After living in Scotland since 2013, I finally made my way around to Edinburgh in August, when no less than six of the city’s twelve (!) annual festivals rock every last stage the city has to offer and, if necessary, build their own. The Edinburgh International Festival, the Fringe, the Book Festival, the Art Festival, the Military Tattoo and the Edinburgh Mela all happen within four weeks and I will be in the city twice to report from different events from across the festivals. With over 1,000 shows per day to choose from, this will be quite a challenge…

Today is Day 2 of my first trip, and together with my friend, who’s exploring the festivals with me, I collected a list of helpful tips, so you can get the best out of your own festival experience in Edinburgh. Maybe you are already here, planning a trip later this month, or finally realising, that a spontaneous visit to Edinburgh has been long overdue – take note of these ten pieces of advice, and nothing should go wrong.

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1) Plan accommodation in time

During the festival season – not to mix up with the festive season, but actually just as celebratory – the entire city fills up with people and on top of the castle-craving tourists the streets burst with artsy geeks and performers from all over Scotland and the world; everybody is drawn to Edinburgh during that time. You can imagine that hostels, hotel rooms, B&Bs and private rentals sell out quickly, so sorting out accommodation for your stay as early as possible is highly recommended! (I’m aware that it might be a little late for that…) We booked two dorm beds at Smart City Hostel, which we have written about before here, because it’s super central (just off the Royal Mile), offers great value pub food and its bar is a magnet for locals and visitors alike. The hostel’s event space is also a venue of Fringe Festival, so if you are looking for a constant flow of all kinds of people this is a safe bet! The hostel is also surrounded by cool bars, pubs and clubs, without the rooms suffering from too much noise – going out during the festival is a must!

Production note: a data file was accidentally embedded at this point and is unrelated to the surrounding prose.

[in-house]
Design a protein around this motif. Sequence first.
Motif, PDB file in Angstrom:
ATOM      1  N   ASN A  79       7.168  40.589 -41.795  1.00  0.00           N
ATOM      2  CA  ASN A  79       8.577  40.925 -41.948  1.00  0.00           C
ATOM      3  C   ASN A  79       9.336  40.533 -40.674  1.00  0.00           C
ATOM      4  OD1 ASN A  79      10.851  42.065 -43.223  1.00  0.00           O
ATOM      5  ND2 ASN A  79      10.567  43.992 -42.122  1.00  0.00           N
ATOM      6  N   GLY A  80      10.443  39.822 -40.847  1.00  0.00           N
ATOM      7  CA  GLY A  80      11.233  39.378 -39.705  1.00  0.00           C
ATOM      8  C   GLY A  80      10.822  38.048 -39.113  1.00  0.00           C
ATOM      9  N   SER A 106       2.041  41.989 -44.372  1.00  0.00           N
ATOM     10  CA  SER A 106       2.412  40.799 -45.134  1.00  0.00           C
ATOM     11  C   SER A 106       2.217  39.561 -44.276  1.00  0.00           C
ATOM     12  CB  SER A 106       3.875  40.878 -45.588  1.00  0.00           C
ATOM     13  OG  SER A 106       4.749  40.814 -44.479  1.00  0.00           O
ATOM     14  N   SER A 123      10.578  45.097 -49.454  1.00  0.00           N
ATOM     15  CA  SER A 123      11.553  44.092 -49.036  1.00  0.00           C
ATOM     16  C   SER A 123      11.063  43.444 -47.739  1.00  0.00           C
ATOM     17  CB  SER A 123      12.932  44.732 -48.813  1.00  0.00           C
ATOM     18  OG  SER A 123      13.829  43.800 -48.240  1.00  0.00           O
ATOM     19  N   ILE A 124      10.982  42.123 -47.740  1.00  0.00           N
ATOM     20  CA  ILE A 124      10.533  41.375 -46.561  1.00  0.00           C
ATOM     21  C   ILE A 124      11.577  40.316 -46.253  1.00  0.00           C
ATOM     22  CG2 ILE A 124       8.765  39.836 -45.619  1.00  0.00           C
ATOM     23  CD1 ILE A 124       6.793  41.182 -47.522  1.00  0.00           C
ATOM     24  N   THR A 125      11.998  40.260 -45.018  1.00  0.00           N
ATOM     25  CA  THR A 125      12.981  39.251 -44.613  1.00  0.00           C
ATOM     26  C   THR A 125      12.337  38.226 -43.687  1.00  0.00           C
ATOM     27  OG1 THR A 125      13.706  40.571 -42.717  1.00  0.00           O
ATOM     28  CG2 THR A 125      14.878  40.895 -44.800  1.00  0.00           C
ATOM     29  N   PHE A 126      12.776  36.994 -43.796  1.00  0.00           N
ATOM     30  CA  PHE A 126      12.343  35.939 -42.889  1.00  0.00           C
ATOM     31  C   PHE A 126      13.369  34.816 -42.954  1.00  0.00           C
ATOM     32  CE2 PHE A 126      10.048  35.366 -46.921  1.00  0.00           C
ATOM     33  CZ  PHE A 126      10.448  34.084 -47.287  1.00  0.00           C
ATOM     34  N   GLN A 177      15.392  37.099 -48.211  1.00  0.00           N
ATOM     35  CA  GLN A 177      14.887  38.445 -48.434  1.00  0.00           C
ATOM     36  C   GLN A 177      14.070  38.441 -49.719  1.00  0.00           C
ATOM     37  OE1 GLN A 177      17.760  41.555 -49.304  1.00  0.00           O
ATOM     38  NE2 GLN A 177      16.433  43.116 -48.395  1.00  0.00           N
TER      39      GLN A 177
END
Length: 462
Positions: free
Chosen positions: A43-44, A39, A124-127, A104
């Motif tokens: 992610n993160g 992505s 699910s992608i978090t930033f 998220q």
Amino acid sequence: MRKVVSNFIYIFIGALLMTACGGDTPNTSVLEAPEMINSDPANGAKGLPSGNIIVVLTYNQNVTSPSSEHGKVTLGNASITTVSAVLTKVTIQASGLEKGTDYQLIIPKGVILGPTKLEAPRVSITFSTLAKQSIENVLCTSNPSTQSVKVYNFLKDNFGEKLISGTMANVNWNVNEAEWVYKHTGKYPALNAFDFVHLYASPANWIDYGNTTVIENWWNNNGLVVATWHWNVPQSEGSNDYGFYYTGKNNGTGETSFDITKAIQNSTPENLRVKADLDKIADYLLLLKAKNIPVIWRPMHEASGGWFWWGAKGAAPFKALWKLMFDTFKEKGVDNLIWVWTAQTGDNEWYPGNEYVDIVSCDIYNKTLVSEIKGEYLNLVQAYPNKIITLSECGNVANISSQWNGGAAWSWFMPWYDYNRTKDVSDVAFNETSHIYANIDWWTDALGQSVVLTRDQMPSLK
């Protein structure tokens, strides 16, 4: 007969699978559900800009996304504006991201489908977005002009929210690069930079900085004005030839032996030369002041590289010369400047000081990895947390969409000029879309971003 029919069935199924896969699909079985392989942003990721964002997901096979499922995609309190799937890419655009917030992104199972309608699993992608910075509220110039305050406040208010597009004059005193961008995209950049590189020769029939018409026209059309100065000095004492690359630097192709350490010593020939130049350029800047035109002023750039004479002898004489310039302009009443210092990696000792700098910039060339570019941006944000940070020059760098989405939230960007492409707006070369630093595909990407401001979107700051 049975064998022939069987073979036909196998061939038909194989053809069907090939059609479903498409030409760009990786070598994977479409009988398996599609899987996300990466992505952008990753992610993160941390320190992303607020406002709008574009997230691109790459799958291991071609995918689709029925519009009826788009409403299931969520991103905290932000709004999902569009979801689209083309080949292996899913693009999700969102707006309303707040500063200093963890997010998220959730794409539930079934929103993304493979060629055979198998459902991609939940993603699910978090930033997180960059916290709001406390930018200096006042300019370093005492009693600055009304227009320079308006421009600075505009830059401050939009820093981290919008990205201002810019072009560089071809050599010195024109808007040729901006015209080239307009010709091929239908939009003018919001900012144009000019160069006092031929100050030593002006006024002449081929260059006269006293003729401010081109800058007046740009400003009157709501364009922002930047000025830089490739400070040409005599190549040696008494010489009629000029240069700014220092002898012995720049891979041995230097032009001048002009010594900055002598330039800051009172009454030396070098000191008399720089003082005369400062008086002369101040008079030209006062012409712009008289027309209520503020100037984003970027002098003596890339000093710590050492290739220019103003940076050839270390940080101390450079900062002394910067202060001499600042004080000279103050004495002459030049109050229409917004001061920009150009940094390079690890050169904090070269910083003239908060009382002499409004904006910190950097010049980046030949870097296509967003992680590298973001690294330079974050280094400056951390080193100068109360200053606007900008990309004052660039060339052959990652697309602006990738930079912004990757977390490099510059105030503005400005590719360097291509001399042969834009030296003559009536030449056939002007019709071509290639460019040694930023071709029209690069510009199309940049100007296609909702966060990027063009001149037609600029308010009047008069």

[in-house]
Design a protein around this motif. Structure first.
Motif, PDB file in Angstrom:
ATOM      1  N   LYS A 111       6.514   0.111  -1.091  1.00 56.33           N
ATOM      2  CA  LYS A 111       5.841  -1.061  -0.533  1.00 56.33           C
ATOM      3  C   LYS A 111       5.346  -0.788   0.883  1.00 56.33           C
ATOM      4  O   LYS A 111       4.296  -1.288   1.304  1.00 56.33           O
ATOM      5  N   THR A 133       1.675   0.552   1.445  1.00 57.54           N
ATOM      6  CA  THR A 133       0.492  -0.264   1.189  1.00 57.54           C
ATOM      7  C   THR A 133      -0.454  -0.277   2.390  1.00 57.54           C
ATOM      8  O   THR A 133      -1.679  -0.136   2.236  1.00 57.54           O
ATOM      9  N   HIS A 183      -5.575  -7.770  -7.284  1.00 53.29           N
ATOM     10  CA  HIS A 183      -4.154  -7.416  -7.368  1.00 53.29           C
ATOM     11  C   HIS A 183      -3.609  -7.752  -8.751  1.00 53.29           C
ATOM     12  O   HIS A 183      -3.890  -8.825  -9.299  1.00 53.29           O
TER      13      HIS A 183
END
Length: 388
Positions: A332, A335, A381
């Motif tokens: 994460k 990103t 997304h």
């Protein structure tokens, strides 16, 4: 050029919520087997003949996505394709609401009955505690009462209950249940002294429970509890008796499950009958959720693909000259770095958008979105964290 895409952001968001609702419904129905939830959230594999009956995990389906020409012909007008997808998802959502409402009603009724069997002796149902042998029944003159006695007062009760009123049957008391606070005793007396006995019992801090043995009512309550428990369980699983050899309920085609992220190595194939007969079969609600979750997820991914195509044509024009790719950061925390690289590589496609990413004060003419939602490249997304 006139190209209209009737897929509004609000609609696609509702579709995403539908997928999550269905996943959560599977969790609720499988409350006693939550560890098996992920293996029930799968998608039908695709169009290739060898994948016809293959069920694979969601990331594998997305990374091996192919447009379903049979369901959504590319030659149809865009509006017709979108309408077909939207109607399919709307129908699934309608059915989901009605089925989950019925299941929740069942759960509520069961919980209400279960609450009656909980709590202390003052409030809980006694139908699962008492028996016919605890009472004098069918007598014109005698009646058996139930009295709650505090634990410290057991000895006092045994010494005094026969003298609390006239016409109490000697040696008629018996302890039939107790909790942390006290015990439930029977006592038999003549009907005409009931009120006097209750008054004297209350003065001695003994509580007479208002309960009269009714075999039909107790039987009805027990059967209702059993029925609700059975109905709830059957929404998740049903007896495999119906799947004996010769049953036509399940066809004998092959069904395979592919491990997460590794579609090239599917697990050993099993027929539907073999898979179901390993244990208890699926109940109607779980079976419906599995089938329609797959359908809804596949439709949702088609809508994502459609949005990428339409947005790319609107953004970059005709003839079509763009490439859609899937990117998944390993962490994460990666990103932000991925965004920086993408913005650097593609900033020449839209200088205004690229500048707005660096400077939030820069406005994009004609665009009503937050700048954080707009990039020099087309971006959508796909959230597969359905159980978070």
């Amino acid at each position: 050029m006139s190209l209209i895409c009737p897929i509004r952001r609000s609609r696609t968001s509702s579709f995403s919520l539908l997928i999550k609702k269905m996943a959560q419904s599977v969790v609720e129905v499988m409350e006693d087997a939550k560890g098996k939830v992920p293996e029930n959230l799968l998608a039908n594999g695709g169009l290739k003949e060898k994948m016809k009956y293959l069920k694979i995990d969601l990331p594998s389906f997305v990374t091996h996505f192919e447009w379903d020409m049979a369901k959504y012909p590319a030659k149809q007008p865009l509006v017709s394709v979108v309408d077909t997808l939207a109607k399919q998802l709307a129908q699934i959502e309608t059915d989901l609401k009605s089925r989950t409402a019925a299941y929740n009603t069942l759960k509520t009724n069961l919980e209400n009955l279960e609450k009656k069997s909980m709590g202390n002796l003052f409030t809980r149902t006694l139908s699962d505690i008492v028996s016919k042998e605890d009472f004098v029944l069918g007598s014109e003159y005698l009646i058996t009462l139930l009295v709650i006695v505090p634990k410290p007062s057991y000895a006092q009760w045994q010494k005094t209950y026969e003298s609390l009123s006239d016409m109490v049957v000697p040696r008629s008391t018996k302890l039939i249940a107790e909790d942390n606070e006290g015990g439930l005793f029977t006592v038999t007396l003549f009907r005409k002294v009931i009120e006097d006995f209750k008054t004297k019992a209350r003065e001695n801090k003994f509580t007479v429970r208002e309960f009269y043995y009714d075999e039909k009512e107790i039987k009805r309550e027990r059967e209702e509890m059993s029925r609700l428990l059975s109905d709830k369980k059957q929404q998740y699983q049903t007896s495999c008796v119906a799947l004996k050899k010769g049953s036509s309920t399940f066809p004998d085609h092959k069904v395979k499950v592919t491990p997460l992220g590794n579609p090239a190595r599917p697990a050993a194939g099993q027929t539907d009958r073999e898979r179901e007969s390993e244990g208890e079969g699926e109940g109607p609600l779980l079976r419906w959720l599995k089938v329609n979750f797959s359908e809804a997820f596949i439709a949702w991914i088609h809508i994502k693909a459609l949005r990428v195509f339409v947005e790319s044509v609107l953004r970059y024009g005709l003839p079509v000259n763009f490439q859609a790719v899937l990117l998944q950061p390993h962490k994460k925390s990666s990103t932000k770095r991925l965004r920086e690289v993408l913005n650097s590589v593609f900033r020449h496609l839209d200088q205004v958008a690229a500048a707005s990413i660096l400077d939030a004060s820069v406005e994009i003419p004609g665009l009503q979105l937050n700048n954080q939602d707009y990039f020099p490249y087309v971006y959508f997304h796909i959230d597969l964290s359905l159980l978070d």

2) Don’t risk it

If there is a certain show you are dying to see, get your tickets in advance. Many shows are on more than once, some even daily, but there still are a few which sell out either way. However, don’t despair if a show is indeed fully booked, as you can still try to get return tickets on the day at the venue and chances to succeed this way are really good.

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3) Be open to new stuff

As much as you can plan ahead and look out for specific things you already know you’ll like, the immense diversity of the program is just too good to ignore. Talk to people on the streets and bars about their recommendations, take flyers on the go, go to events across all festivals and most importantly, give everything a chance.

After two days in Edinburgh we have already seen feminist performance theatre, stand-up comedy, dance, theatre, parties, a crossover between classical music and a video installation, a poetry slam and, of course, roller derby. All of those were just following recommendations, and so far it was so worth it!

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4) Use the Fringe App

If you have an iPhone or iPad you can download the free Fringe App (unfortunately it’s not available on Android, and doesn’t list the other festivals, but it’s an amazing tool anyway). My favorite feature is called ‘Nearby Now’ which shows all events happening nearby you now (duh). You can choose categories and genres, or simply walk to the next-best venue and check out what’s happening. It’s a great way to discover unexpected gems and try new things without the necessity to skim through the program or make decisions on your own. Great for indecisive people like me!

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5) Go to showcases & show previews